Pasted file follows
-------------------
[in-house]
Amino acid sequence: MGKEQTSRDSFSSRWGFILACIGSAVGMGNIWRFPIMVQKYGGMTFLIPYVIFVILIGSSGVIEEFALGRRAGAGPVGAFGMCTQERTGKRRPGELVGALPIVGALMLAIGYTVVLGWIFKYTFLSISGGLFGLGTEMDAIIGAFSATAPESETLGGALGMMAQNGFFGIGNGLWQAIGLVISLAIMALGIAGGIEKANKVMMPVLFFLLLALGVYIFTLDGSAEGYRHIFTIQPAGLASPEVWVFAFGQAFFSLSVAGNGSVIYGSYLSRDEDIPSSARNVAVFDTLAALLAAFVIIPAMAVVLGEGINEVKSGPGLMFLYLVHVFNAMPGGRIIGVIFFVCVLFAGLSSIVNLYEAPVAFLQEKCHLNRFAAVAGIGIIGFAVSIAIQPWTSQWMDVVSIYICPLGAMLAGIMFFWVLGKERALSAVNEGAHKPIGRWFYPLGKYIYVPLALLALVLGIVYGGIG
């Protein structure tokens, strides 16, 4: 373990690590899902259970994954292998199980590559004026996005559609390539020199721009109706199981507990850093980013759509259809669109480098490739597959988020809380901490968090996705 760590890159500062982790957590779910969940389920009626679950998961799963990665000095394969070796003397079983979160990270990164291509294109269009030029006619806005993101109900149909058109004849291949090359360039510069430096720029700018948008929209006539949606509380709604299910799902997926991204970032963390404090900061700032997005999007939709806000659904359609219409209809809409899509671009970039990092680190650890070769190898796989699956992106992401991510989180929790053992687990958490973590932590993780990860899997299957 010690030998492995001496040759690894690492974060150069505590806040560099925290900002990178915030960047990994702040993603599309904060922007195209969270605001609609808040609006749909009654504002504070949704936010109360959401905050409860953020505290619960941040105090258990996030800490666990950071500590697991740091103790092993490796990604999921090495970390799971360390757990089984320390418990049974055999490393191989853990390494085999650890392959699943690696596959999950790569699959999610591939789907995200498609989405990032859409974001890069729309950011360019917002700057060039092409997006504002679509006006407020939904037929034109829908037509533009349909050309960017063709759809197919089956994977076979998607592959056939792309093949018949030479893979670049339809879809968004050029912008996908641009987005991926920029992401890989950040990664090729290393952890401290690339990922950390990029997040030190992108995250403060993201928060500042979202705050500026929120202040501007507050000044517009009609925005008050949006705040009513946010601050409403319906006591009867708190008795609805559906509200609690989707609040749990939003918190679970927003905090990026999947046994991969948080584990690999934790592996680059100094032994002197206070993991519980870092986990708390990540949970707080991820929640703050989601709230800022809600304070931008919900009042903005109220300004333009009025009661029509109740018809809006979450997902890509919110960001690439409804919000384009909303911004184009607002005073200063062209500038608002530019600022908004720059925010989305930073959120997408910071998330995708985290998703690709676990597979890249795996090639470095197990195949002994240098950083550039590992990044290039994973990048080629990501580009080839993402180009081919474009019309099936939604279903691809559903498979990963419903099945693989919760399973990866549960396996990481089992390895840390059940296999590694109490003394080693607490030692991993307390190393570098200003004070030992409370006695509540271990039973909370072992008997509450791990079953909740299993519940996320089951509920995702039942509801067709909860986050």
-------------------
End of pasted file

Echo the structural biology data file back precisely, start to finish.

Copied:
[in-house]
Amino acid sequence: MGKEQTSRDSFSSRWGFILACIGSAVGMGNIWRFPIMVQKYGGMTFLIPYVIFVILIGSSGVIEEFALGRRAGAGPVGAFGMCTQERTGKRRPGELVGALPIVGALMLAIGYTVVLGWIFKYTFLSISGGLFGLGTEMDAIIGAFSATAPESETLGGALGMMAQNGFFGIGNGLWQAIGLVISLAIMALGIAGGIEKANKVMMPVLFFLLLALGVYIFTLDGSAEGYRHIFTIQPAGLASPEVWVFAFGQAFFSLSVAGNGSVIYGSYLSRDEDIPSSARNVAVFDTLAALLAAFVIIPAMAVVLGEGINEVKSGPGLMFLYLVHVFNAMPGGRIIGVIFFVCVLFAGLSSIVNLYEAPVAFLQEKCHLNRFAAVAGIGIIGFAVSIAIQPWTSQWMDVVSIYICPLGAMLAGIMFFWVLGKERALSAVNEGAHKPIGRWFYPLGKYIYVPLALLALVLGIVYGGIG
């Protein structure tokens, strides 16, 4: 373990690590899902259970994954292998199980590559004026996005559609390539020199721009109706199981507990850093980013759509259809669109480098490739597959988020809380901490968090996705 760590890159500062982790957590779910969940389920009626679950998961799963990665000095394969070796003397079983979160990270990164291509294109269009030029006619806005993101109900149909058109004849291949090359360039510069430096720029700018948008929209006539949606509380709604299910799902997926991204970032963390404090900061700032997005999007939709806000659904359609219409209809809409899509671009970039990092680190650890070769190898796989699956992106992401991510989180929790053992687990958490973590932590993780990860899997299957 010690030998492995001496040759690894690492974060150069505590806040560099925290900002990178915030960047990994702040993603599309904060922007195209969270605001609609808040609006749909009654504002504070949704936010109360959401905050409860953020505290619960941040105090258990996030800490666990950071500590697991740091103790092993490796990604999921090495970390799971360390757990089984320390418990049974055999490393191989853990390494085999650890392959699943690696596959999950790569699959999610591939789907995200498609989405990032859409974001890069729309950011360019917002700057060039092409997006504002679509006006407020939904037929034109829908037509533009349909050309960017063709759809197919089956994977076979998607592959056939792309093949018949030479893979670049339809879809968004050029912008996908641009987005991926920029992401890989950040990664090729290393952890401290690339990922950390990029997040030190992108995250403060993201928060500042979202705050500026929120202040501007507050000044517009009609925005008050949006705040009513946010601050409403319906006591009867708190008795609805559906509200609690989707609040749990939003918190679970927003905090990026999947046994991969948080584990690999934790592996680059100094032994002197206070993991519980870092986990708390990540949970707080991820929640703050989601709230800022809600304070931008919900009042903005109220300004333009009025009661029509109740018809809006979450997902890509919110960001690439409804919000384009909303911004184009607002005073200063062209500038608002530019600022908004720059925010989305930073959120997408910071998330995708985290998703690709676990597979890249795996090639470095197990195949002994240098950083550039590992990044290039994973990048080629990501580009080839993402180009081919474009019309099936939604279903691809559903498979990963419903099945693989919760399973990866549960396996990481089992390895840390059940296999590694109490003394080693607490030692991993307390190393570098200003004070030992409370006695509540271990039973909370072992008997509450791990079953909740299993519940996320089951509920995702039942509801067709909860986050």